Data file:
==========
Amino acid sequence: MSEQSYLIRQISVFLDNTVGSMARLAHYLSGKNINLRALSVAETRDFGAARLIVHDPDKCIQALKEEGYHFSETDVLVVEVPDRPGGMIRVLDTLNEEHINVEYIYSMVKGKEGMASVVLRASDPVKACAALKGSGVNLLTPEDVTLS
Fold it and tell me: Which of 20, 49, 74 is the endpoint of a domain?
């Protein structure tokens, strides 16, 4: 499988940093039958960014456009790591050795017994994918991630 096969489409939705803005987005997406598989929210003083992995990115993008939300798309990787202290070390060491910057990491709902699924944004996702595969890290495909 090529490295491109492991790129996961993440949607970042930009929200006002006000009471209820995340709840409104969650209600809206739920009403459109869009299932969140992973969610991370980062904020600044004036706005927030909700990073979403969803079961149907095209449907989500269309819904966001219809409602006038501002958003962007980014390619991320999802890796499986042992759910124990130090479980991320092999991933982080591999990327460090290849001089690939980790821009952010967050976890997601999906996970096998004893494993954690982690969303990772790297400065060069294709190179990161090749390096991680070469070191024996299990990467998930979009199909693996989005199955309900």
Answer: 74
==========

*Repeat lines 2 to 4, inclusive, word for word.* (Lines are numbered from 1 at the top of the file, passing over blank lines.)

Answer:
Fold it and tell me: Which of 20, 49, 74 is the endpoint of a domain?
């Protein structure tokens, strides 16, 4: 499988940093039958960014456009790591050795017994994918991630 096969489409939705803005987005997406598989929210003083992995990115993008939300798309990787202290070390060491910057990491709902699924944004996702595969890290495909 090529490295491109492991790129996961993440949607970042930009929200006002006000009471209820995340709840409104969650209600809206739920009403459109869009299932969140992973969610991370980062904020600044004036706005927030909700990073979403969803079961149907095209449907989500269309819904966001219809409602006038501002958003962007980014390619991320999802890796499986042992759910124990130090479980991320092999991933982080591999990327460090290849001089690939980790821009952010967050976890997601999906996970096998004893494993954690982690969303990772790297400065060069294709190179990161090749390096991680070469070191024996299990990467998930979009199909693996989005199955309900």
Answer: 74